Several cultures have their own folklore surrounding the lights. An Algonquin Indian myth held the lights were the souls of ancestors dancing around a fire.
Northern lights (Aurora Borealis) are present year round, especially between August and March. Longer nights and earlier nightfall contribute to their sightings. Active solar winds are common during this period, which gives the sky a wonderful glow.
This magical phenomenon begins at nightfall. Often green, sometimes purple or red, the lights start dancing on a starlit backdrop. Witness the greatness of the universe. At times, it will seem as if the rays touch the ground and you could almost catchits beauty.
In mid-August, a shower of shooting stars join in the dance along with the northern lights. Up north is very little light pollution, therefore it is easier to find an excellent place to gaze the sky.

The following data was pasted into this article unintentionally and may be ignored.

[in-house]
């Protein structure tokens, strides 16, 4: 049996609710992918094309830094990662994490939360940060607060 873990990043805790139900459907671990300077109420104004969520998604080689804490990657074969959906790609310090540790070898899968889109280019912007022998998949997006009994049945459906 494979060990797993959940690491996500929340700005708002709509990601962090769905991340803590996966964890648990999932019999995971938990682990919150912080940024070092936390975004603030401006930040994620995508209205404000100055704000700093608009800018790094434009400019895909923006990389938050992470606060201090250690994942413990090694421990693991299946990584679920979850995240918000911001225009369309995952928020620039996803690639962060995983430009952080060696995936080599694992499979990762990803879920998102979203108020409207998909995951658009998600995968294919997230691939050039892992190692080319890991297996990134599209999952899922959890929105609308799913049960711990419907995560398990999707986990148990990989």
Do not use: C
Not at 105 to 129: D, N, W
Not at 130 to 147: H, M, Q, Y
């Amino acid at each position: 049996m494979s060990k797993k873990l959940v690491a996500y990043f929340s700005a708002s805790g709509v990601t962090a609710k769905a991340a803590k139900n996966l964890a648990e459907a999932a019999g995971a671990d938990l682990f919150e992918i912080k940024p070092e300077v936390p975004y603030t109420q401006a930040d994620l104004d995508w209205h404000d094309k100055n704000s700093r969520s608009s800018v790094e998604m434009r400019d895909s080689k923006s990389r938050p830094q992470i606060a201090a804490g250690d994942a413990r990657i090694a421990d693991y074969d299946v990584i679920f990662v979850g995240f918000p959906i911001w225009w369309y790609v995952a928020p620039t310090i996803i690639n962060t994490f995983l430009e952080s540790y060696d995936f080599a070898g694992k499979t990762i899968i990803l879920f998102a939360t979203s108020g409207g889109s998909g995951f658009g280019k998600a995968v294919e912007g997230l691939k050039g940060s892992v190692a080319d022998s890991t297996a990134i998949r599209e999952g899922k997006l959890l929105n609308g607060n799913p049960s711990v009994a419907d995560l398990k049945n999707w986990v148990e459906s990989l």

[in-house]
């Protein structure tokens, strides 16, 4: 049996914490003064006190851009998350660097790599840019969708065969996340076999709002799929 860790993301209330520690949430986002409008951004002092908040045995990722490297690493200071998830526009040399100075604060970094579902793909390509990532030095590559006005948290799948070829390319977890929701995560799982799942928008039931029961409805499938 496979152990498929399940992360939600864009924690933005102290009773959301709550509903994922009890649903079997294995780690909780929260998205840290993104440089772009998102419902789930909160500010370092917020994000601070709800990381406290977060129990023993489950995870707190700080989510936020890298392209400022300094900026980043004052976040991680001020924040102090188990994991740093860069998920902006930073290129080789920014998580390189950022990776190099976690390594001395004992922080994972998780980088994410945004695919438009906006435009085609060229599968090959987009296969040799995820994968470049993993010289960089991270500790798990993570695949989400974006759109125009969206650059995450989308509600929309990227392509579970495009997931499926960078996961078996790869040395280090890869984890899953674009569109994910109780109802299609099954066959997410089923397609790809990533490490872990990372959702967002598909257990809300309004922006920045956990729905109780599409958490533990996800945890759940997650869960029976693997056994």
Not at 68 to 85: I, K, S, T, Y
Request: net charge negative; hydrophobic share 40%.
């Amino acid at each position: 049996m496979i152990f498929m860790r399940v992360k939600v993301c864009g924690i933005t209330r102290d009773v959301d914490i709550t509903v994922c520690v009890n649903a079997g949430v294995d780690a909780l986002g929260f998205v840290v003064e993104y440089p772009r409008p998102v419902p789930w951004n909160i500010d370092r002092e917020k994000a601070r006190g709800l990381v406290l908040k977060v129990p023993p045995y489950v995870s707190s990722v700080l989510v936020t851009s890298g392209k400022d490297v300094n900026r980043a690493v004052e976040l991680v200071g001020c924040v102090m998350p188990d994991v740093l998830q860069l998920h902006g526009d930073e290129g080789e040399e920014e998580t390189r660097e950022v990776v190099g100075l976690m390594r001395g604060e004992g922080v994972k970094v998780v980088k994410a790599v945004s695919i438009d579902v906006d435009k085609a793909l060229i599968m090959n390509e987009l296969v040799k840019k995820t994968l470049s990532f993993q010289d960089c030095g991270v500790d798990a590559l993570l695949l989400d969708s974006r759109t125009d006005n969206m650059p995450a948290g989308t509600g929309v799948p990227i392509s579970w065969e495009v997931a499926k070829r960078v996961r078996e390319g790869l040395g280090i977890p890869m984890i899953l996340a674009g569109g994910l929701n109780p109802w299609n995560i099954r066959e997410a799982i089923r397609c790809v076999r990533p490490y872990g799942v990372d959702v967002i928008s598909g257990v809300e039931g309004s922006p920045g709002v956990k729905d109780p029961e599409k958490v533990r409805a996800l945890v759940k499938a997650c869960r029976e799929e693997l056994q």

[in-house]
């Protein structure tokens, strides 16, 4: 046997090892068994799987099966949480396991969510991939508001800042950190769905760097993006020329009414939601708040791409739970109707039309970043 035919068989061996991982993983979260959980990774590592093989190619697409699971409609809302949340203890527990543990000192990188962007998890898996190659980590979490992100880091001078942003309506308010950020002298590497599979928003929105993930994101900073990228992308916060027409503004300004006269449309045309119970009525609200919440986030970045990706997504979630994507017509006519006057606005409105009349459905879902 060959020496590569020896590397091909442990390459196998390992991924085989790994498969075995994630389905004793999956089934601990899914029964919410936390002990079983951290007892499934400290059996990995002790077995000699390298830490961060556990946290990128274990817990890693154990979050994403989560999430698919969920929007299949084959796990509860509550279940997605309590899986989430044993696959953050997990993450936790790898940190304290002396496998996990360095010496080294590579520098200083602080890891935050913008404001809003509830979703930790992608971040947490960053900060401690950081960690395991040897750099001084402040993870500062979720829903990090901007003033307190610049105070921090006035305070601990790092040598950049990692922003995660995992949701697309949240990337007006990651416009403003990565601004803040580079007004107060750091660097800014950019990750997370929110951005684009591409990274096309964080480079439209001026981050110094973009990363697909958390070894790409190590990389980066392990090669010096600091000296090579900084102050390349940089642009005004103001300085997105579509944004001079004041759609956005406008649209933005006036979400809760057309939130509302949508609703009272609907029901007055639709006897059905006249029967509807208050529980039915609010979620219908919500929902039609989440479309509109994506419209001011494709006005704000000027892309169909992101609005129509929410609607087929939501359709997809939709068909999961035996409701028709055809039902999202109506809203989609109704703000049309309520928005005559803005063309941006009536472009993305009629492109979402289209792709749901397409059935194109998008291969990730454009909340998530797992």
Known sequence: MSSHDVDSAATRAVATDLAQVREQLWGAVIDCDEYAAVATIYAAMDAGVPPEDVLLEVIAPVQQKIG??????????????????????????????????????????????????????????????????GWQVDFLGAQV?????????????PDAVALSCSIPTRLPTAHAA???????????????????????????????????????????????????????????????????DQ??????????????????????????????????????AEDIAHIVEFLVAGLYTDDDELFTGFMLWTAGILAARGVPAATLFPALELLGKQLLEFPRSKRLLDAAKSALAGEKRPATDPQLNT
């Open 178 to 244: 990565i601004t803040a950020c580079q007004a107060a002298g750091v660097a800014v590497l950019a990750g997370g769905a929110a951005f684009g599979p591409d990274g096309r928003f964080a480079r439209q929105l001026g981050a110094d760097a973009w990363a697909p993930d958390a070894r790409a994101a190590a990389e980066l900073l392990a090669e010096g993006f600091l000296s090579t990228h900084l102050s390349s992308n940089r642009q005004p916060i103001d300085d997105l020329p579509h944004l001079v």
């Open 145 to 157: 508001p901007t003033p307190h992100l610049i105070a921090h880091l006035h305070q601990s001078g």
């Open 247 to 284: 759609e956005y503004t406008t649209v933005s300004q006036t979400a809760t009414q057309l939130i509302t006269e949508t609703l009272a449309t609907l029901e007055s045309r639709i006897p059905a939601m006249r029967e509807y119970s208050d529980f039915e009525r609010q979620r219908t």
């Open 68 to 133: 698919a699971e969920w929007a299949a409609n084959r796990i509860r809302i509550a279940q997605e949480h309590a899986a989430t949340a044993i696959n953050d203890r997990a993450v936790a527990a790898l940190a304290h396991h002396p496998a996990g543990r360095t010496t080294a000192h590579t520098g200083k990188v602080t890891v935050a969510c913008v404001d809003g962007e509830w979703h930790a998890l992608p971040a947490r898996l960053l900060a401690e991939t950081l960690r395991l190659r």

Many tourist destinations in Canada's north, such asare offering special tours and there is even more than one Aurora forecast website. Google Images counts more than 600,000 photographs of these fascinating northern lights.
The Japanese fascination with the lights also has its own myth:
Conceiving a child beneath the lights will bring good luck. No wonder: more than 20,000 Japanese visitors travel every winter to Yellowknife.